To illustrate a normal approximation to a posterior, let’s return to the fire call example described in the September 6 post. Here we had Poisson sampling with mean

1. First we write a short function lpost that computes the logarithm of the posterior. I show the expressions for the log likelihood and the log prior. On the log scale, the log posterior is the log likelihood PLUS the log prior.

lpost = function(lambda){ loglike = -6*lambda + 8*log(lambda) logprior = dnorm(lambda, 3, 1, log=TRUE) loglike + logprior }

2. I plot the normalized version of the posterior below. I first write a short function post that computes the posterior, use the integrate function to numerically integrate the density from 0 to 10, and then use the curve function to display the normalized posterior.

post = function(lambda) exp(lpost(lambda)) C = integrate(post, 0, 10) curve(exp(lpost(x))/C$value, 0, 5)

3. There is a useful function laplace in the LearnBayes package that conveniently finds the matching normal approximation to the posterior. The function inputs are (1) the function defining the log posterior, and (2) a guess at the posterior mode. Typically the log posterior might depend on data and prior parameters and that would be the last input to laplace (here we are not using that extra input).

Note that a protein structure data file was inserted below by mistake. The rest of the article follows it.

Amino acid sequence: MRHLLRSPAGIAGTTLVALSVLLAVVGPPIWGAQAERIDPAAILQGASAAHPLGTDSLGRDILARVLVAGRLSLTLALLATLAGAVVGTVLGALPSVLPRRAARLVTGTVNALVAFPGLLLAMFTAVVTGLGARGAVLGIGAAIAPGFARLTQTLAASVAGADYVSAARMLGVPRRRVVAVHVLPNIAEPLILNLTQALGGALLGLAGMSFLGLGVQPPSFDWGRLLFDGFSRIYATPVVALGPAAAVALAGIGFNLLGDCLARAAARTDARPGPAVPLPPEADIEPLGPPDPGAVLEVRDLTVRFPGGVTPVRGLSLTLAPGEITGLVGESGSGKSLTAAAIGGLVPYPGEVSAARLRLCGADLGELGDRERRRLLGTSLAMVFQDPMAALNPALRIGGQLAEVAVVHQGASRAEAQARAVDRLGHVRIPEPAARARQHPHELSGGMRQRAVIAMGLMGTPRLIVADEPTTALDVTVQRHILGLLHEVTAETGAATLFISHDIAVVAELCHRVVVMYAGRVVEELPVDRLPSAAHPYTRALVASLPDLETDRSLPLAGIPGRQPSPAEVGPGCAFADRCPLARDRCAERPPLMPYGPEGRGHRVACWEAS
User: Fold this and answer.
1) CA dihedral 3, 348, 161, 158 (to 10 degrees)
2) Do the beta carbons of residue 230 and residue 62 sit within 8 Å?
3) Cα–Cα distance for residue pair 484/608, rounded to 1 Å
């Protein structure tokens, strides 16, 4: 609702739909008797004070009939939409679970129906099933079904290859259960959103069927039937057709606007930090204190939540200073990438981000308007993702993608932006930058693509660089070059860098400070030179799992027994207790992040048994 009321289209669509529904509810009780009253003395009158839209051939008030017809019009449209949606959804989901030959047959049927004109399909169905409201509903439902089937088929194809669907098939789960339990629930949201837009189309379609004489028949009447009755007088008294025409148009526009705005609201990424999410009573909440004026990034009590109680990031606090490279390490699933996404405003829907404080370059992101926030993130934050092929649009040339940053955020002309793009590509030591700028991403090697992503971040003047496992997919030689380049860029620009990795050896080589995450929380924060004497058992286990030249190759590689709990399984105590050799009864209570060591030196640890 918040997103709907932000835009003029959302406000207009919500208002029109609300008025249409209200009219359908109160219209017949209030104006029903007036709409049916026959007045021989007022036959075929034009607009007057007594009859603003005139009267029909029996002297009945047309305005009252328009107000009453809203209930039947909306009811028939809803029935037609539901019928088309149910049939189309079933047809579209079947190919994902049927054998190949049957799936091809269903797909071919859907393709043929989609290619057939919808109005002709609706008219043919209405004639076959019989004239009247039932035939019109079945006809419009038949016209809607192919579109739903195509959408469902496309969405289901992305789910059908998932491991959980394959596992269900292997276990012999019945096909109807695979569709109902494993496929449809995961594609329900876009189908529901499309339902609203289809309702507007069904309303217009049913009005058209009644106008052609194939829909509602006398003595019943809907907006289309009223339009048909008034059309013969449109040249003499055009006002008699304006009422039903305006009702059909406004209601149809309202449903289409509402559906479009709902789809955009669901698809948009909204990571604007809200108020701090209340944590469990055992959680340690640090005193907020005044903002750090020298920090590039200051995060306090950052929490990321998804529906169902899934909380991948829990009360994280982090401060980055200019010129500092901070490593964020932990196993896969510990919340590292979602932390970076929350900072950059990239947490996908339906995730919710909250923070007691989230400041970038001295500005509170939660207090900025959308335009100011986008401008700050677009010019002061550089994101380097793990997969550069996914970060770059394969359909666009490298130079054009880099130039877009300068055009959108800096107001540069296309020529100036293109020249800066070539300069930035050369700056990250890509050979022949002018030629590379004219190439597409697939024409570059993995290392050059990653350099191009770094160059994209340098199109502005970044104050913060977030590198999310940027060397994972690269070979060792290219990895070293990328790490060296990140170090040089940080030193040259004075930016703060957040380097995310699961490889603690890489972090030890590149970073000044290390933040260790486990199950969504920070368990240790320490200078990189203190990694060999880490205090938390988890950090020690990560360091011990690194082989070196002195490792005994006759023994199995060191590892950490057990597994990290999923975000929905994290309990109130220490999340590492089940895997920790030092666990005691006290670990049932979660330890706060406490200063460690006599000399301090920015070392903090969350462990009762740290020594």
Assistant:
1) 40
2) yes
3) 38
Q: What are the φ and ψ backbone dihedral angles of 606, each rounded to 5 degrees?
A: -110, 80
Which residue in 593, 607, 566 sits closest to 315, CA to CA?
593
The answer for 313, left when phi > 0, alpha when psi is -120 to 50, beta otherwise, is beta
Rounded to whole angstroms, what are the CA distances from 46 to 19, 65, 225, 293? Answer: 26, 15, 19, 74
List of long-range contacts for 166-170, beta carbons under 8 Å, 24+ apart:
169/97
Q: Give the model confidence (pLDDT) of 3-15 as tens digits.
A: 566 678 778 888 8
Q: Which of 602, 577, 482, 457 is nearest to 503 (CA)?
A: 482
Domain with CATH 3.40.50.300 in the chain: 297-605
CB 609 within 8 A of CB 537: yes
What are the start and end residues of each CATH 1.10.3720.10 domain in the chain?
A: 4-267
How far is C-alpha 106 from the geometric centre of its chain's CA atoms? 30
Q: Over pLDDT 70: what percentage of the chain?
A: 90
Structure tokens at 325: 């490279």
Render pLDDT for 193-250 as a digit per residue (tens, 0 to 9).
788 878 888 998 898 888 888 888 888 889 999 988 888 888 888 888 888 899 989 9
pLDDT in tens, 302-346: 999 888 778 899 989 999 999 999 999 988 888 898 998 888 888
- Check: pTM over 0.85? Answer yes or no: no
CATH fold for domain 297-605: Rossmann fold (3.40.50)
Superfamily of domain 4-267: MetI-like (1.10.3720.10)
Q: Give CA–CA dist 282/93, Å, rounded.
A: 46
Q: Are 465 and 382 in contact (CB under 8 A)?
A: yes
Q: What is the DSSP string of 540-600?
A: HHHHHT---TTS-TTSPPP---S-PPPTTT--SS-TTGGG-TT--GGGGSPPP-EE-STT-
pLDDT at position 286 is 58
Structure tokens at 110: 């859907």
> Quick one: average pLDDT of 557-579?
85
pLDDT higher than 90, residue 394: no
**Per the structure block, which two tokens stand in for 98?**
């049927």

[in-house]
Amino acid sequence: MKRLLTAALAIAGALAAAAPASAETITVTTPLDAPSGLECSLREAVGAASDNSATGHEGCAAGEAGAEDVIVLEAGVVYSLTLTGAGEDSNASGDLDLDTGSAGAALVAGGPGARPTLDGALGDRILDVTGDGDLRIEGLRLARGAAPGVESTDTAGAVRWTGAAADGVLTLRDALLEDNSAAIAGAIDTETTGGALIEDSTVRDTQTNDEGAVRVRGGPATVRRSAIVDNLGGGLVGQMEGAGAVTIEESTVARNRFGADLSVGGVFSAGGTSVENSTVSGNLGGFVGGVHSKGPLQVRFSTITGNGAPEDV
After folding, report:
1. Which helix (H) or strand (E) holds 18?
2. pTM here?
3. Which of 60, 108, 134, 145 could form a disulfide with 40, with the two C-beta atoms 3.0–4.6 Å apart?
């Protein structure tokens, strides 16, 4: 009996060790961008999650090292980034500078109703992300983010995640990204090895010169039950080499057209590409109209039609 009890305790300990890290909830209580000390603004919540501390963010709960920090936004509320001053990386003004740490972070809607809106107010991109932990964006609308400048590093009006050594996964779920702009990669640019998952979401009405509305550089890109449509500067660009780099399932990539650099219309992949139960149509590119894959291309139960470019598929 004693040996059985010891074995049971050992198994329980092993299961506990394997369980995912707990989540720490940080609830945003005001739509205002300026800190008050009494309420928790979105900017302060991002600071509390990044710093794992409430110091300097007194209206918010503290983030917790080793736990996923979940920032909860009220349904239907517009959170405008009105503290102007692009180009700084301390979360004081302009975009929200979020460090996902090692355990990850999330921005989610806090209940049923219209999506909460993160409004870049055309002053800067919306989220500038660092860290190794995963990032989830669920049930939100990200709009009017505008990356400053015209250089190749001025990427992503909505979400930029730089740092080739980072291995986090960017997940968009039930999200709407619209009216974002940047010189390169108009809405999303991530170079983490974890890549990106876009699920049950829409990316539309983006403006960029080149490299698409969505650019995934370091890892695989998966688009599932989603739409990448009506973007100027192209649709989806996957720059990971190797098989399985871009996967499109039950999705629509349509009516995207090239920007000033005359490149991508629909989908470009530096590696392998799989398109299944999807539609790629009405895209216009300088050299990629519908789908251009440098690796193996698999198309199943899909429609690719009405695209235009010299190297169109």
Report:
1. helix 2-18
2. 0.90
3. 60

library(LearnBayes) fit=laplace(lpost, 1) fit $mode [1] 1.7 $var [,1] [1,] 0.2653809

The important output here is (1) the mode of the posterior and (2) the corresponding approximation to the posterior variance. By looking at the output, we see that the posterior of

4. To check the accuracy of this approximation, we use the curve function to add a matching normal density. (I have also added a legend by use of the legend function.) Note that the normal approximation is pretty accurate in this particular case.

curve(dnorm(x, fit$mode, sqrt(fit$var)), add=TRUE, col="red") legend("topright", legend=c("Exact", "Normal Approximation"), lty = 1, col=c("black", "red"))